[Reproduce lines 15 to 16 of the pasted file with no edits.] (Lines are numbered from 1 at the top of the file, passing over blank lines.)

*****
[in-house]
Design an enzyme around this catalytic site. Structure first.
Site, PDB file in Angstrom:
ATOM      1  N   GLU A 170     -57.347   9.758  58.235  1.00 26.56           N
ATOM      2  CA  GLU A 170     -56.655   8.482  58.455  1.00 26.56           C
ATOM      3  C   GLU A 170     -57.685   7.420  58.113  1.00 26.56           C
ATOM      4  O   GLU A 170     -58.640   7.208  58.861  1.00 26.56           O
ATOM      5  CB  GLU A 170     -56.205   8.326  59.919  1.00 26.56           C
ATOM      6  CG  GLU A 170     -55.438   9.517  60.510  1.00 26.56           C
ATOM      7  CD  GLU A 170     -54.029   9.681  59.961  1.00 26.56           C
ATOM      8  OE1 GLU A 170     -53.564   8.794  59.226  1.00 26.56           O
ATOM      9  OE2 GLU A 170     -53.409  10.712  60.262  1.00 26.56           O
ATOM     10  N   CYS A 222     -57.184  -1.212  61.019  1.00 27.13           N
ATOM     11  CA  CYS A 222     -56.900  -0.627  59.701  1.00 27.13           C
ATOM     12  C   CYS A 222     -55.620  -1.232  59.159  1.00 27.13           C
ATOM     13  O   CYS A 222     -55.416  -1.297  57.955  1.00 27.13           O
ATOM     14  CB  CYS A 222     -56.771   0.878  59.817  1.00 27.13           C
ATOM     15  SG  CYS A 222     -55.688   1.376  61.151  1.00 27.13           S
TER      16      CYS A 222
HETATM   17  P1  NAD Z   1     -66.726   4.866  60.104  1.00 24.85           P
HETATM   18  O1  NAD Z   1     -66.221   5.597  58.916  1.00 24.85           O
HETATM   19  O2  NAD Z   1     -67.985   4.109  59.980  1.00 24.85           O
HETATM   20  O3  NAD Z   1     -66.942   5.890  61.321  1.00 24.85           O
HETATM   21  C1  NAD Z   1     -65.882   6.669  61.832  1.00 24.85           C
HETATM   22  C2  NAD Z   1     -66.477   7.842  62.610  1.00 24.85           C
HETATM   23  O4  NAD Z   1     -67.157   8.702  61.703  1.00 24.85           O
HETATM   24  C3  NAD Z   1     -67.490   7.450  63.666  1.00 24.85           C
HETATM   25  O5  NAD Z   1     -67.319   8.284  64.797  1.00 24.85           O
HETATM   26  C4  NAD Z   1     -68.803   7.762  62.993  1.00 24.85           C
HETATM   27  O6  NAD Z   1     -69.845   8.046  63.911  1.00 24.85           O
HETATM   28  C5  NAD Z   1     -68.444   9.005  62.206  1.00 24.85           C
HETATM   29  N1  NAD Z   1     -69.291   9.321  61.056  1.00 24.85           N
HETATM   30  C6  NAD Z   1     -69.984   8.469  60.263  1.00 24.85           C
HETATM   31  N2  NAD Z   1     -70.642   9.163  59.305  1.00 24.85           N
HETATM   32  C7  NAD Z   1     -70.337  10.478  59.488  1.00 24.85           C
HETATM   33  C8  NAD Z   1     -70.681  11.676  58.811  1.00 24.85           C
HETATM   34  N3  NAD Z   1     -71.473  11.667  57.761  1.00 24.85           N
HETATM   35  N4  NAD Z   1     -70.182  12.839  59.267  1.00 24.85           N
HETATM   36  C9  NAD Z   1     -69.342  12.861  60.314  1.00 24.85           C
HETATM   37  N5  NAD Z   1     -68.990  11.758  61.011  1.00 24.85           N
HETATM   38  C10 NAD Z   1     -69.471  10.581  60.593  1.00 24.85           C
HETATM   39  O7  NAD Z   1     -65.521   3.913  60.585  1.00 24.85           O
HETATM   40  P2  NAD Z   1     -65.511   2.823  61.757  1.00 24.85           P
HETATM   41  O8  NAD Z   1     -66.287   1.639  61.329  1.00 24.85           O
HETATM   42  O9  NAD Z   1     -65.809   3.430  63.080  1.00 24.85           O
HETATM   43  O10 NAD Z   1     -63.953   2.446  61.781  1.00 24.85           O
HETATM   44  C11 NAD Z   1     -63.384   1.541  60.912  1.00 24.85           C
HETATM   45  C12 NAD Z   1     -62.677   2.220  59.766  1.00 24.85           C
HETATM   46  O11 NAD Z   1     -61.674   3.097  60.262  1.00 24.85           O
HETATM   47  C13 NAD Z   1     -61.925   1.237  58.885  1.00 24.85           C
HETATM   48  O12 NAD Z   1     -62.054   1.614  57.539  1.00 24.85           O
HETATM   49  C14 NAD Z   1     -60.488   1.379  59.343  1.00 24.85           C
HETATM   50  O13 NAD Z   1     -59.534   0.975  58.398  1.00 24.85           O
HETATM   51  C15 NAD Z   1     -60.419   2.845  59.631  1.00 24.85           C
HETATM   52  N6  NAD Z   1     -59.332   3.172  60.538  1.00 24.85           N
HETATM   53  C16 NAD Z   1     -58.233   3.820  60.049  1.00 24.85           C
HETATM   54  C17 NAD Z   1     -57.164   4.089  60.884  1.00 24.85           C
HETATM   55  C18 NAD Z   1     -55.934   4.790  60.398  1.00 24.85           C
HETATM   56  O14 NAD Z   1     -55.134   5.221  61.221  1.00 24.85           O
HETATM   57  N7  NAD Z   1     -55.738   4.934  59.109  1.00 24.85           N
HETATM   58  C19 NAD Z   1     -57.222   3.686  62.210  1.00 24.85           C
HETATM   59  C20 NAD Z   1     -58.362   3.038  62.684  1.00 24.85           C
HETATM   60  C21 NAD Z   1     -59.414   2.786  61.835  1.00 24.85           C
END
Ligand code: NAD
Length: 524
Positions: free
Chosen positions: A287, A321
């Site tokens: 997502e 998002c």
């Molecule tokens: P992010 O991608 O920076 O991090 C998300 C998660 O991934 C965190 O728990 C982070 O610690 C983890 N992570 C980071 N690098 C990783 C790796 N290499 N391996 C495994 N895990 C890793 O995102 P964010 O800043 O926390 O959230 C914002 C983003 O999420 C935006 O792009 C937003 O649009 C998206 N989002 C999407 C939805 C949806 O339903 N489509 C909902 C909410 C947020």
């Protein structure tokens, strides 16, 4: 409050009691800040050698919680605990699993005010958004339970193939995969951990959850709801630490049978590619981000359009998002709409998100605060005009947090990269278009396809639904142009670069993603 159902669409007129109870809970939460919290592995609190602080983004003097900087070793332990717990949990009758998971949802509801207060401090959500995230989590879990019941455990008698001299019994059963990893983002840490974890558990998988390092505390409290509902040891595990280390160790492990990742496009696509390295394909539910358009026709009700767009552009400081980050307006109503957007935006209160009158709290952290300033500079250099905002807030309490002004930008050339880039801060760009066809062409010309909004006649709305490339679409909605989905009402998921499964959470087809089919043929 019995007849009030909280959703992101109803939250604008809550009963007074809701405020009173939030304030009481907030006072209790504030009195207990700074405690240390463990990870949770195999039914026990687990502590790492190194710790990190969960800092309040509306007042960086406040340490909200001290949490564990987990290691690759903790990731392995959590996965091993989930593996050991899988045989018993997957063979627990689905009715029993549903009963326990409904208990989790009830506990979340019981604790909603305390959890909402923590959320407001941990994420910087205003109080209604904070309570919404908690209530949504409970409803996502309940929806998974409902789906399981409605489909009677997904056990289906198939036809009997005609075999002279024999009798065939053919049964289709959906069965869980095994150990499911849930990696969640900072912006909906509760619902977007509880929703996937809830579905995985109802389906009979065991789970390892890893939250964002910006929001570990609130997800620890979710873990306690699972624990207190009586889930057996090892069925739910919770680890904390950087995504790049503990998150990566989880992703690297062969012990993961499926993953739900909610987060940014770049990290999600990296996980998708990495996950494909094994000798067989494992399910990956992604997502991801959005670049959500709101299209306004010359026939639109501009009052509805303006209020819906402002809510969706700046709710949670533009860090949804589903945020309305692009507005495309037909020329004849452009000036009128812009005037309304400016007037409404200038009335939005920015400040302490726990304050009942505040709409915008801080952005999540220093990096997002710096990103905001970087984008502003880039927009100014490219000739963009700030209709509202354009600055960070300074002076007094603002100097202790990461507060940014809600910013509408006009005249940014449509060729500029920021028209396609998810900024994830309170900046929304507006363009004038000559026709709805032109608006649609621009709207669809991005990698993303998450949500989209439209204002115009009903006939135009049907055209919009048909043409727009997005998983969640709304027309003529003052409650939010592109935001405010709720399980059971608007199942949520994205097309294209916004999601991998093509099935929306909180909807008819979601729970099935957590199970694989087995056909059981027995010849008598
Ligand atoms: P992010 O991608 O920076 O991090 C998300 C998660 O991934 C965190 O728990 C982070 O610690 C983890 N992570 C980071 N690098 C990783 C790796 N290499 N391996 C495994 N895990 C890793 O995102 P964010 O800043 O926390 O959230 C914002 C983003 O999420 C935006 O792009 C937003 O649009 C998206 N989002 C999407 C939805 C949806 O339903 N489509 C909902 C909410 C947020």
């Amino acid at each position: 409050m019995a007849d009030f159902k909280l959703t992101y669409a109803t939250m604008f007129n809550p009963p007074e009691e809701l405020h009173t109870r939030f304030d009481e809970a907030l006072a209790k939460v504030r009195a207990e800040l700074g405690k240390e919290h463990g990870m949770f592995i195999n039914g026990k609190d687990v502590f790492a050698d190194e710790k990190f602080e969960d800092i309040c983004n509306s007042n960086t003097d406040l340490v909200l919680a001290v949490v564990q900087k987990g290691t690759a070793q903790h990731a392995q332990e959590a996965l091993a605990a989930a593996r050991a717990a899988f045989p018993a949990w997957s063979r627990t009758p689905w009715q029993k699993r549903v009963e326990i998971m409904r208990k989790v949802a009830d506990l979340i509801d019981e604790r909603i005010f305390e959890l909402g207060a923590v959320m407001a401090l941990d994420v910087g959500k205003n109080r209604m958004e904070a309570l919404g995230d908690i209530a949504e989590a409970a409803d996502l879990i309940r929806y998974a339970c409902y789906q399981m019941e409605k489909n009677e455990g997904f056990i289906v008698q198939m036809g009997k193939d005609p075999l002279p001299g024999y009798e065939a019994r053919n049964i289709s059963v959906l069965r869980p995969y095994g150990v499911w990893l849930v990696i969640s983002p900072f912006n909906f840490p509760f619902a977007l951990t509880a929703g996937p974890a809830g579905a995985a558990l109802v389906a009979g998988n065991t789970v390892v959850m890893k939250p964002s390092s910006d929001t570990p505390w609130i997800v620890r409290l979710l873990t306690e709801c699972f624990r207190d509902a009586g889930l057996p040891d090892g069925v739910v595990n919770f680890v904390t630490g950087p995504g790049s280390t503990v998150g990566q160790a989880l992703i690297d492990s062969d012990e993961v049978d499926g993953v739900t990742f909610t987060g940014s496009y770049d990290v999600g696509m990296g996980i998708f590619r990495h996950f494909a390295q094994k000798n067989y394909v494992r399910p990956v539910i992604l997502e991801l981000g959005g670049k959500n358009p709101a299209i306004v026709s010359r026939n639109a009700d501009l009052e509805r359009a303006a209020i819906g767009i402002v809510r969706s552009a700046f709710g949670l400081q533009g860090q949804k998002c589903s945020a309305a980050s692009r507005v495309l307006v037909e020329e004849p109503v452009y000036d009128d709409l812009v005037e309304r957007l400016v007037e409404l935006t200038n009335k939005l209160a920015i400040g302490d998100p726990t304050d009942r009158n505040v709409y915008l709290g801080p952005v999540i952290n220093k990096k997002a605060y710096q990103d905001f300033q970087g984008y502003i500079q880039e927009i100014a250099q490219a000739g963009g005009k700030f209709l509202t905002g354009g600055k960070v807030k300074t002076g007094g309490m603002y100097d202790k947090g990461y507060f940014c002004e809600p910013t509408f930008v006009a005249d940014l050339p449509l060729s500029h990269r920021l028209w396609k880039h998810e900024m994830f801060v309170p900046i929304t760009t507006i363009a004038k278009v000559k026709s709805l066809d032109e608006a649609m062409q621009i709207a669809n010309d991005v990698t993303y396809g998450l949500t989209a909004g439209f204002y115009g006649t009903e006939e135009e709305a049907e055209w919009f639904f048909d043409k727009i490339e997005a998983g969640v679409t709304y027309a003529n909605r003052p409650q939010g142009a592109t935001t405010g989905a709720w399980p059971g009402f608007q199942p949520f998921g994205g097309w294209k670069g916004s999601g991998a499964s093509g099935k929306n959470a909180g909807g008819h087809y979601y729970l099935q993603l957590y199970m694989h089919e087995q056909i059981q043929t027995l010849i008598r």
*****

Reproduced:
ATOM     12  C   CYS A 222     -55.620  -1.232  59.159  1.00 27.13           C
ATOM     13  O   CYS A 222     -55.416  -1.297  57.955  1.00 27.13           O